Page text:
But on second thought, perhaps such an organization really does exist. There exists, after all, an organization that repeatedly calls for the government to "enforce existing gun laws," and even says that failure to do so is a crime. The same group supported enormously restrictive regulation of fully-automatic firearms, short-barreled rifles and shotguns, and even a safety device (suppressors, routinely, if inaccurately, referred to as "silencers"). The Gun Control Act of 1968 passed with this group's blessing.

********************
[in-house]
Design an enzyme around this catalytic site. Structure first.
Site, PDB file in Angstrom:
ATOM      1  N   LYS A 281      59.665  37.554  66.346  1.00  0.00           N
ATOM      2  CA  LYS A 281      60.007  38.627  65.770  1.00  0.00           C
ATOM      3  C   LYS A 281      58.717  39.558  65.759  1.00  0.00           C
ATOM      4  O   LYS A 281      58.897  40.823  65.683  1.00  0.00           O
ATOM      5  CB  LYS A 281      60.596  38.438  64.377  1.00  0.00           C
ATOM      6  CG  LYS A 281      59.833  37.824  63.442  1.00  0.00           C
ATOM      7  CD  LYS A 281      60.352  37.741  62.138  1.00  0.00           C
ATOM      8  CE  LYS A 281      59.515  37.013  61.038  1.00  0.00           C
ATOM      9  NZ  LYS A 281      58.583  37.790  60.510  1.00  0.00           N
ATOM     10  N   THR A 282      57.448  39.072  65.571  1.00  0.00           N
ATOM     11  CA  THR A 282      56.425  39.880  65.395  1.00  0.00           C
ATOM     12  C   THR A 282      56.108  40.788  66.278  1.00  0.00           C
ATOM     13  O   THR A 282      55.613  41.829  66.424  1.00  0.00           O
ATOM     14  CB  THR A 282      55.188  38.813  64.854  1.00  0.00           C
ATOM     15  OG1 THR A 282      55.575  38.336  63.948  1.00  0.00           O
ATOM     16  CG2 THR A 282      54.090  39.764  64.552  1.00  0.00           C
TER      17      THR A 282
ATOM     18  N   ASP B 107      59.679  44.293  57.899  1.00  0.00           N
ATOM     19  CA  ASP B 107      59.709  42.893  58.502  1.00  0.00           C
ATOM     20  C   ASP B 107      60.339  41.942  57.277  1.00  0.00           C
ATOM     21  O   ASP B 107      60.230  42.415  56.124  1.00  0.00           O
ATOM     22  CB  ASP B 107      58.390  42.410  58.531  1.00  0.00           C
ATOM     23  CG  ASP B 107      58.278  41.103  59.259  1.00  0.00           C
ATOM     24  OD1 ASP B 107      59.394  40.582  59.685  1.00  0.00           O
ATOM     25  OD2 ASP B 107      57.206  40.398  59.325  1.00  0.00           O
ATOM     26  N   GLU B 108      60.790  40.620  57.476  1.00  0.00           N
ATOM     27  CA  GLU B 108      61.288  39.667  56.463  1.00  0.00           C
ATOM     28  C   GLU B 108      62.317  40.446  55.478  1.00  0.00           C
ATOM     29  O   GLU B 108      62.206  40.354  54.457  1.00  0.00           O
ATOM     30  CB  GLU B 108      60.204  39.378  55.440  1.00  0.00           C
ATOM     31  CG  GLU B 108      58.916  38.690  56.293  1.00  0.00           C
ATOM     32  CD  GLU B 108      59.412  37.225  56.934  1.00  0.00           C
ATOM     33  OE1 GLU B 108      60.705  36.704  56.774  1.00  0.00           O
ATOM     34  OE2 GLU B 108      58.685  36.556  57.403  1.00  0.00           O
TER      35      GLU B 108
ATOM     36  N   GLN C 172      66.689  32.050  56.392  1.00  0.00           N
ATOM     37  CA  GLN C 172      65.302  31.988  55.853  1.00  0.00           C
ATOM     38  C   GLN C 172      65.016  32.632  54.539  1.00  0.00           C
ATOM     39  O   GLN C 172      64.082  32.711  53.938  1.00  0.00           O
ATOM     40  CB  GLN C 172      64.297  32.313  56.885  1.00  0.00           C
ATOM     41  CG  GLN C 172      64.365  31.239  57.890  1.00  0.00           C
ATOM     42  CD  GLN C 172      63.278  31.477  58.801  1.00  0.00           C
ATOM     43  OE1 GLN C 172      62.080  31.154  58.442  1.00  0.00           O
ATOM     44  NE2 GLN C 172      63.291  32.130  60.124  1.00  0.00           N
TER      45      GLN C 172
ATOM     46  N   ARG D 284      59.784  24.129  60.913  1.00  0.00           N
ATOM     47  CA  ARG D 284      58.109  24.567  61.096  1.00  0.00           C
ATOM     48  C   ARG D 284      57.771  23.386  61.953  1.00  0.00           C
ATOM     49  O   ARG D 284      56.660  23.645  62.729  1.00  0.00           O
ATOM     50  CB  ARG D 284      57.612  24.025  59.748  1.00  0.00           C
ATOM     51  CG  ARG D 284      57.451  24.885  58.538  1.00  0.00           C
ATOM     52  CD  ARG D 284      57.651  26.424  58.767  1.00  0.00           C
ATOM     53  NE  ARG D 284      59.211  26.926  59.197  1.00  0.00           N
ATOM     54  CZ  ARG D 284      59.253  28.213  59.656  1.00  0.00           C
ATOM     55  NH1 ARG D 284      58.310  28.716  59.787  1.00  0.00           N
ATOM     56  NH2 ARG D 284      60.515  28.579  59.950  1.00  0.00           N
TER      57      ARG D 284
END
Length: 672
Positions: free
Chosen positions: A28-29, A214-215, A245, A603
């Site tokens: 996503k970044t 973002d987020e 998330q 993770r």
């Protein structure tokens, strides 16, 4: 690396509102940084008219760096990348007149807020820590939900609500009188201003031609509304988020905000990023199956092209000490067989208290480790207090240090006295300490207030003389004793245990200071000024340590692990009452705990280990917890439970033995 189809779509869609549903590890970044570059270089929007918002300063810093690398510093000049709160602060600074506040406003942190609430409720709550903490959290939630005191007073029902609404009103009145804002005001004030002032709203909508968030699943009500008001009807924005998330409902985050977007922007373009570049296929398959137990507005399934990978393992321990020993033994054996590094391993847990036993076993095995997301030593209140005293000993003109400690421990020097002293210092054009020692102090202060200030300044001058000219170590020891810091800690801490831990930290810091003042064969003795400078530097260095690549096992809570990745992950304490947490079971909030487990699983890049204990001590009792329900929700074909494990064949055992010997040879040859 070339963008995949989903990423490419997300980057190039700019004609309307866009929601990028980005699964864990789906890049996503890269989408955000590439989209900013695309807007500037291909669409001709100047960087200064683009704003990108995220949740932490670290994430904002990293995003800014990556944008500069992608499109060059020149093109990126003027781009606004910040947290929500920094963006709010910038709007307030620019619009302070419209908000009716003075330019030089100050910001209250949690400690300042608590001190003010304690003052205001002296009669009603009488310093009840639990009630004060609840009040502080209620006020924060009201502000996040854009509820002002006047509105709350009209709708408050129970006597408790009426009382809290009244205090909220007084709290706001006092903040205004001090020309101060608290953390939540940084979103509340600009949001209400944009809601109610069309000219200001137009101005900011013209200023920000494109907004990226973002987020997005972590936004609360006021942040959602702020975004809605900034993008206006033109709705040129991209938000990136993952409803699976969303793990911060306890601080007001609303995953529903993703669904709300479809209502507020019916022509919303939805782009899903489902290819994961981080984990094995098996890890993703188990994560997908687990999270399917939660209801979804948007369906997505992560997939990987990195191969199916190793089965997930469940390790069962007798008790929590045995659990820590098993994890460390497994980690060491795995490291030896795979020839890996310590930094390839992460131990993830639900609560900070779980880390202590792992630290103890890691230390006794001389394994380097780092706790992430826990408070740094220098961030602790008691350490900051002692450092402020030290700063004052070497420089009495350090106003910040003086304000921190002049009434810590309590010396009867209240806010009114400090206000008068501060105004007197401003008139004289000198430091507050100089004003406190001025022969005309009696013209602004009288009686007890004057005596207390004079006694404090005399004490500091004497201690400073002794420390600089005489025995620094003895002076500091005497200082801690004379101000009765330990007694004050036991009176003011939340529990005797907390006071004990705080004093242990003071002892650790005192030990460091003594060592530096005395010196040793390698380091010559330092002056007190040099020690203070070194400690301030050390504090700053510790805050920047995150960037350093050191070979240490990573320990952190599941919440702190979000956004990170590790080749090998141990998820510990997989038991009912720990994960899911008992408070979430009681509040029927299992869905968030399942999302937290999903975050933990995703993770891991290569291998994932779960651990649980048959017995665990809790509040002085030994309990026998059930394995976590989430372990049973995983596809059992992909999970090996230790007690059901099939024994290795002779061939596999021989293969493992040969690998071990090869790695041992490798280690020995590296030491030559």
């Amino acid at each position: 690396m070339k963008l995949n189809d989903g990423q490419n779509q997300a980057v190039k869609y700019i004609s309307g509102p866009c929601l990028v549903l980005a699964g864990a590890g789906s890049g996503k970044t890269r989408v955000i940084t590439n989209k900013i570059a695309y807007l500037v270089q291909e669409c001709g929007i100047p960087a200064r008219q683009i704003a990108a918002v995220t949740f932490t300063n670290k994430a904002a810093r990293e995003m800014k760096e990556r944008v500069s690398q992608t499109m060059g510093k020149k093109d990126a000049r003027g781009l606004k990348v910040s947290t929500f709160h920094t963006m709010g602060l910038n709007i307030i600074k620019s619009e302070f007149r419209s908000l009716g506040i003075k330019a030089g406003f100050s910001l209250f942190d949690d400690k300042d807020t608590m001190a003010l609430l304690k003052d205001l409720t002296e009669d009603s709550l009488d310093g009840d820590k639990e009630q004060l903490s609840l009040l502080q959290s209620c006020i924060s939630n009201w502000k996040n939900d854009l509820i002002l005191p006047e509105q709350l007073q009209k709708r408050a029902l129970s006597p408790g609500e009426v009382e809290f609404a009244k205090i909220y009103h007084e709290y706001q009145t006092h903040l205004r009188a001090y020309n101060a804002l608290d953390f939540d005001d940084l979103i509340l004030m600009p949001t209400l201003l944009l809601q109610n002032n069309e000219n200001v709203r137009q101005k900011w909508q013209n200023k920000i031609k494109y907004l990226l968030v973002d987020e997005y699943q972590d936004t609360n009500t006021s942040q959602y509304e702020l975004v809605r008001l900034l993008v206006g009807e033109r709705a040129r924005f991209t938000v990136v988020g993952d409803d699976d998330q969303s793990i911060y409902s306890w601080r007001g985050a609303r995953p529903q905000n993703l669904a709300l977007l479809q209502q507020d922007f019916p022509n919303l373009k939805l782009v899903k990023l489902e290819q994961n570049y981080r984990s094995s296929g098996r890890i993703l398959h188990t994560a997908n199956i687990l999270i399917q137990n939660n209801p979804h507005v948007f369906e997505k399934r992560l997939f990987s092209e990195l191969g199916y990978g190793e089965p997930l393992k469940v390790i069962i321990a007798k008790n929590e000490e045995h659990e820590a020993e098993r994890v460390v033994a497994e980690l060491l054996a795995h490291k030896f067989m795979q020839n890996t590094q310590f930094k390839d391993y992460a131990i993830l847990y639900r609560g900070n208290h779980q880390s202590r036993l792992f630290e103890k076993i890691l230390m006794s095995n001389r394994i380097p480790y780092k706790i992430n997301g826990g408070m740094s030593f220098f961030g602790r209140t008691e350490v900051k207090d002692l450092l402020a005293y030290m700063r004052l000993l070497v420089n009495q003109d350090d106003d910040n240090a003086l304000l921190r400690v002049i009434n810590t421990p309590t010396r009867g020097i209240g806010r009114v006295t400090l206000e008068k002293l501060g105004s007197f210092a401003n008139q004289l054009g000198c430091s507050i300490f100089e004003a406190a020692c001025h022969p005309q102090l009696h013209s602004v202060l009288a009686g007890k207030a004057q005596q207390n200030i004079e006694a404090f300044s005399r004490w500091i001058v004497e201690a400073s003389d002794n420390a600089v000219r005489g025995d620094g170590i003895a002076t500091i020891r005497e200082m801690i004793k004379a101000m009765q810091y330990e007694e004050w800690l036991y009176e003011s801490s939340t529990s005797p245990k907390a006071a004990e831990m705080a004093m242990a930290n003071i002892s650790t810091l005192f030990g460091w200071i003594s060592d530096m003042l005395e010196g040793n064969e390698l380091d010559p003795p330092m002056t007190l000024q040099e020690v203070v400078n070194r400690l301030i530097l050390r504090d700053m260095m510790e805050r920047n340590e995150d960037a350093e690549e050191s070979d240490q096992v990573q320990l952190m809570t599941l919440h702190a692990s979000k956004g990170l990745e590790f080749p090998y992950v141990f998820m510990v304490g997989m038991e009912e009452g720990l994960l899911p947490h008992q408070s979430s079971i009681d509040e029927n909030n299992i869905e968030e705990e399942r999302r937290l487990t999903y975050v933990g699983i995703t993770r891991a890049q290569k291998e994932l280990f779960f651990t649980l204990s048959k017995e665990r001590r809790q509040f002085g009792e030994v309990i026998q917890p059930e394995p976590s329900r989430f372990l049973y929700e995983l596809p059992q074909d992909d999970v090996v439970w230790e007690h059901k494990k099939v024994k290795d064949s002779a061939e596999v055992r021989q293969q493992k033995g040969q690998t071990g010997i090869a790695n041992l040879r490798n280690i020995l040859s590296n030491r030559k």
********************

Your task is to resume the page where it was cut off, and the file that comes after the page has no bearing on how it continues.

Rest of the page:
Still, by virtue of fighting against bans of so-called "assault weapons," and "high capacity" magazines, for supporting the right to armed self-defense outside the home, and for the right to stand one's ground when violently attacked in a place one has a right to be, for opposing efforts to ban private gun sales, and for opposition to various other of the very worst proposed infringements on that which shall not be infringed, the NRA can plausibly claim not to be among the extremists for "gun control."